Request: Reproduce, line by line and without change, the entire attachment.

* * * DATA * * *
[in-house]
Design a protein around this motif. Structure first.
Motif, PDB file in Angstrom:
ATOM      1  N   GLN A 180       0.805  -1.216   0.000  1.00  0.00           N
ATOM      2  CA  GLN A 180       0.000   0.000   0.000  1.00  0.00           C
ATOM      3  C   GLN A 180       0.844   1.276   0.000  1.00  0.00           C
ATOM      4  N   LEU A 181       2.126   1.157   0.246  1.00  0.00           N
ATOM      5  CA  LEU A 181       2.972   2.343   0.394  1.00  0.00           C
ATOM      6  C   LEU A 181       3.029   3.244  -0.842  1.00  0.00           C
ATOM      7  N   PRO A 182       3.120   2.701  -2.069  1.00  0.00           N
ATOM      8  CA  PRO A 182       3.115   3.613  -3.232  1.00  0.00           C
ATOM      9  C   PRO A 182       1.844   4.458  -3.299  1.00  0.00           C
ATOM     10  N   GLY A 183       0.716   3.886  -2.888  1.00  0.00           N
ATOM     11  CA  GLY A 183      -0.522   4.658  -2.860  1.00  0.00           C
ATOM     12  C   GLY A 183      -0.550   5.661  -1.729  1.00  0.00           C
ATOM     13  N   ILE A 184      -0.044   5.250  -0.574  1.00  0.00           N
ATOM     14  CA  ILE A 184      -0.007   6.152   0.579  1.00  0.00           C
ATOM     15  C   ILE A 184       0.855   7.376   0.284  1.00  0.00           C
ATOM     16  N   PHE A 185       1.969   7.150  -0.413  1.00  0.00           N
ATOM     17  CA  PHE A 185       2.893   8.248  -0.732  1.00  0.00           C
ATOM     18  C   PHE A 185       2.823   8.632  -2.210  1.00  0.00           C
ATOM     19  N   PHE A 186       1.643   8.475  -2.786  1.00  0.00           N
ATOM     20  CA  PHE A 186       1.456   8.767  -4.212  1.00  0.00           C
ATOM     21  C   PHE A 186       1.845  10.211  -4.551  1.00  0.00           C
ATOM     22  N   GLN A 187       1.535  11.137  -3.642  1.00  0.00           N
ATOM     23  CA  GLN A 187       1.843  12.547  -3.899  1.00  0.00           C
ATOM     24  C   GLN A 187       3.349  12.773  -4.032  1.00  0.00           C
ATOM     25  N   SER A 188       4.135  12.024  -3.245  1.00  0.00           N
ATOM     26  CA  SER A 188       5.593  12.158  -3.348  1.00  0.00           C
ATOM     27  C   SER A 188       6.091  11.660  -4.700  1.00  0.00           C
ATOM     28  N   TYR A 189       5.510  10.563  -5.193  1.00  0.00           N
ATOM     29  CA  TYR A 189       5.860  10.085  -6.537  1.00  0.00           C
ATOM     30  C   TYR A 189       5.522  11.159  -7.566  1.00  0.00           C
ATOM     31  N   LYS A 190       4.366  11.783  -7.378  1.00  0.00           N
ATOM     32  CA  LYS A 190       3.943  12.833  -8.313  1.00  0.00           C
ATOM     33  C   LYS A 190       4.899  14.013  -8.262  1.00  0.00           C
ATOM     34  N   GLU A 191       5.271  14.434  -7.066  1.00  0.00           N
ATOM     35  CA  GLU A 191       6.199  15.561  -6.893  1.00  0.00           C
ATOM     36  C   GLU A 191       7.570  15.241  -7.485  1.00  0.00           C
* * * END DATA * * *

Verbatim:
[in-house]
Design a protein around this motif. Structure first.
Motif, PDB file in Angstrom:
ATOM      1  N   GLN A 180       0.805  -1.216   0.000  1.00  0.00           N
ATOM      2  CA  GLN A 180       0.000   0.000   0.000  1.00  0.00           C
ATOM      3  C   GLN A 180       0.844   1.276   0.000  1.00  0.00           C
ATOM      4  N   LEU A 181       2.126   1.157   0.246  1.00  0.00           N
ATOM      5  CA  LEU A 181       2.972   2.343   0.394  1.00  0.00           C
ATOM      6  C   LEU A 181       3.029   3.244  -0.842  1.00  0.00           C
ATOM      7  N   PRO A 182       3.120   2.701  -2.069  1.00  0.00           N
ATOM      8  CA  PRO A 182       3.115   3.613  -3.232  1.00  0.00           C
ATOM      9  C   PRO A 182       1.844   4.458  -3.299  1.00  0.00           C
ATOM     10  N   GLY A 183       0.716   3.886  -2.888  1.00  0.00           N
ATOM     11  CA  GLY A 183      -0.522   4.658  -2.860  1.00  0.00           C
ATOM     12  C   GLY A 183      -0.550   5.661  -1.729  1.00  0.00           C
ATOM     13  N   ILE A 184      -0.044   5.250  -0.574  1.00  0.00           N
ATOM     14  CA  ILE A 184      -0.007   6.152   0.579  1.00  0.00           C
ATOM     15  C   ILE A 184       0.855   7.376   0.284  1.00  0.00           C
ATOM     16  N   PHE A 185       1.969   7.150  -0.413  1.00  0.00           N
ATOM     17  CA  PHE A 185       2.893   8.248  -0.732  1.00  0.00           C
ATOM     18  C   PHE A 185       2.823   8.632  -2.210  1.00  0.00           C
ATOM     19  N   PHE A 186       1.643   8.475  -2.786  1.00  0.00           N
ATOM     20  CA  PHE A 186       1.456   8.767  -4.212  1.00  0.00           C
ATOM     21  C   PHE A 186       1.845  10.211  -4.551  1.00  0.00           C
ATOM     22  N   GLN A 187       1.535  11.137  -3.642  1.00  0.00           N
ATOM     23  CA  GLN A 187       1.843  12.547  -3.899  1.00  0.00           C
ATOM     24  C   GLN A 187       3.349  12.773  -4.032  1.00  0.00           C
ATOM     25  N   SER A 188       4.135  12.024  -3.245  1.00  0.00           N
ATOM     26  CA  SER A 188       5.593  12.158  -3.348  1.00  0.00           C
ATOM     27  C   SER A 188       6.091  11.660  -4.700  1.00  0.00           C
ATOM     28  N   TYR A 189       5.510  10.563  -5.193  1.00  0.00           N
ATOM     29  CA  TYR A 189       5.860  10.085  -6.537  1.00  0.00           C
ATOM     30  C   TYR A 189       5.522  11.159  -7.566  1.00  0.00           C
ATOM     31  N   LYS A 190       4.366  11.783  -7.378  1.00  0.00           N
ATOM     32  CA  LYS A 190       3.943  12.833  -8.313  1.00  0.00           C
ATOM     33  C   LYS A 190       4.899  14.013  -8.262  1.00  0.00           C
ATOM     34  N   GLU A 191       5.271  14.434  -7.066  1.00  0.00           N
ATOM     35  CA  GLU A 191       6.199  15.561  -6.893  1.00  0.00           C
ATOM     36  C   GLU A 191       7.570  15.241  -7.485  1.00  0.00           C